Is there a more quintessentially British classic car than the Morris Minor? It has one of those shapes that’s instantly recognisable and seemingly loved by all – it’s a motoring icon whose production run spanned over 20 years and a myriad of bodystyles. You could have had a Saloon – two- or four-door – a Traveller (estate), a Convertible, a van or even a pick-
When production started way back in 1948 there was just the choice of the two-door Saloon or the Convertible but this soon expanded and by the time the Minor had been dropped by British Leyland in 1971 1.6 million examples had been built. The Minor’s remit was to provide relatively roomy, low cost family transport and Sir Alec Issigonis nailed the brief with a light and airy car that also had excellent handling and roadholding and light rack-and-pinion steering.
Today the most desirable version is the Convertible and it’s not hard to see why. It retains the charm and handling of the Saloon versions but unfurling the hood makes it an excellent drop-top for summer fun. Even slipping behind the wheel with the roof up on a chilly March morning brings a smile to your face and that’s without driving the car!
Early Minors weren’t performance powerhouses and even late models like this example with the 1,098cc version of the classic A Series engine weren’t quick cars, but are more than capable of keeping up with modern traffic on all but the motorway. As well as being perfectly usable a Minor makes a brilliant classic in so many ways. There’s a legion of specialists devoted to keeping them on the road and parts supply is excellent. They’re also very simple and easy to work on, making a Minor an ideal machine on which to learn the basics of car mechanics. That it’s an iconic design that’s a hoot to drive – hood up or down – is the icing on the cake.
This car has spent many years on the island of Guernsey and was a well known car there. An old tax disc in the car suggests that it was originally used on the UK mainland but was imported to Guernsey at some point in its history.
The current owner purchased the car in Guernsey having always had a soft spot for Minor Convertibles. It was bought around three years ago with the intention of restoring it back to its former glory but sadly this is a task that he’s not quite found the time for. Thus it’s now up for sale so a new owner can enjoy the delights of this Minor Convertible.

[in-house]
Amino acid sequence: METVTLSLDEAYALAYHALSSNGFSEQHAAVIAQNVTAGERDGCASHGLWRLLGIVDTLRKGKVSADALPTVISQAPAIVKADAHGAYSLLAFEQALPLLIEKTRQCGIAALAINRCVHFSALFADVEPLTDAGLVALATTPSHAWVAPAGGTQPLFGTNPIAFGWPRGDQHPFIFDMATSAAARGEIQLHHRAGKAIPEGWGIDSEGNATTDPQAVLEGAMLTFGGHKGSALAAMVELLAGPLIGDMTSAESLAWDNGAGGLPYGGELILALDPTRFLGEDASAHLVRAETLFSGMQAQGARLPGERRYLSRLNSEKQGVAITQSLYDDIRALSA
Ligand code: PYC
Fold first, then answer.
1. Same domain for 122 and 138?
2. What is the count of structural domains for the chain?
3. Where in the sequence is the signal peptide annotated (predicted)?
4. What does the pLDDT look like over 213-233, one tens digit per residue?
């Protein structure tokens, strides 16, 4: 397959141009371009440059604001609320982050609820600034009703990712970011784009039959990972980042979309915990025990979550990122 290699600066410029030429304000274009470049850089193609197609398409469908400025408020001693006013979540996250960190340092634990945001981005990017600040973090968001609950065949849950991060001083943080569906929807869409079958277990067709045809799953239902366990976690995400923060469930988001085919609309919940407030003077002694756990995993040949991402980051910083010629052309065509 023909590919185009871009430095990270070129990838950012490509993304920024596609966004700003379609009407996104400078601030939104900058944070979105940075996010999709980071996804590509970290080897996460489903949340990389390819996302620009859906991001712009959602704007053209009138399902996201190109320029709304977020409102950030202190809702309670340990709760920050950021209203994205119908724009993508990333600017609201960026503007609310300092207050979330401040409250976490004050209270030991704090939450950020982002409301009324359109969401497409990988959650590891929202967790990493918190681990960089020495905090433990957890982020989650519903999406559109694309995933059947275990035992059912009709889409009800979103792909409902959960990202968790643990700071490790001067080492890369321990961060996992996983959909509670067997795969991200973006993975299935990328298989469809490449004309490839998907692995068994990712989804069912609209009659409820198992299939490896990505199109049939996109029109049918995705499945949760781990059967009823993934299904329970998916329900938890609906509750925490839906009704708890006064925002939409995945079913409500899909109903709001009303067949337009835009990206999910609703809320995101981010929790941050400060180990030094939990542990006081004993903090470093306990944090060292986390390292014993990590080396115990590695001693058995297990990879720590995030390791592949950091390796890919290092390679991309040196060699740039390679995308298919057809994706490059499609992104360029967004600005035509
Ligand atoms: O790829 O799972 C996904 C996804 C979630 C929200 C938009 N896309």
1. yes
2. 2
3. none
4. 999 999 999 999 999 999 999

Sadly there isn’t a history file with the Minor but it’s general appearance would suggest it’s been loved and used while in Guernsey. The odometer reads 1,130 miles which we assume to be at least 101,130.
The car has been imported to the UK and any outstanding taxes have been paid. A new V5C has been applied for but has yet to arrive.
Perhaps the most classic colour combination for a Minor Convertible is Old English White paintwork with the Cherokee red interior and that’s exactly what we have here. The seats themselves are in good condition with just a very little sagging but they’re still comfortable to sit in. For a car that’s over 50 years old they’re in very good shape.
The matching door trim panels also look pretty good and still fit pretty well although there is a little bit of a wavy finish to the driver’s side panel suggesting the cardboard type lining has got damp at some point. The door furniture is present and correct with the door pulls still in good shape – they’re usually one of the things to get worn first. There’s very slight surface pitting to the chrome work but this doesn’t really detract from the interior charm.
Originally we think the carpet would have been red but this has faded over the years. It’s in generally good condition though. The hood looks to be pretty new and still fits well with a nice and clear rear screen. The hood lining is also in good condition and the hood frame looks to be in solid usable condition, too.
If you’ve looked at the images you’ll be able to see that it’s this Minor’s bodywork that lets it down. Years spent near the sea have taken their toll and it’s very rusty and will require a significant amount of welding to bring it back to its former glory.
The good news is that all the car’s trim is still present and correct and generally presents well with just the right amount of patina.
The trusty A Series engine starts on the button and sounds very healthy when being manoeuvred for photography, eliciting all the classic Morris Minor noises you’d expect to hear coming from under its shapely bonnet.
Naturally enough it’ll need a through service after a period of inactivity but from what we could hear there’s no reason to expect any more significant repairs will be needed. The Minor’s brakes will require attention though as the hydraulic set up is currently not working, needing to be stopped on the handbrake.
The correct Minor Convertible chassis plate is sitting on the bulkhead starting with the correct ‘MAT’ sequence of letters indicating that this is a genuine factory Minor Convertible and not a Saloon that’s been subsequently turned into a soft-top.
There’s something about a Morris Minor that just makes you want to smile and even when needing a full renovation like this one it’s not difficult to see its appeal. Cute looks, trusty mechanicals, low running costs and plenty of top down summer evening frolics are on the horizon.
Yes, it does need a significant amount of work before that scenario becomes a reality but what better way to learn about classic cars than by restoring one? All the parts are readily available and this highly original car would be an excellent basis for a restoration that will be an absolute delight when it’s finished.
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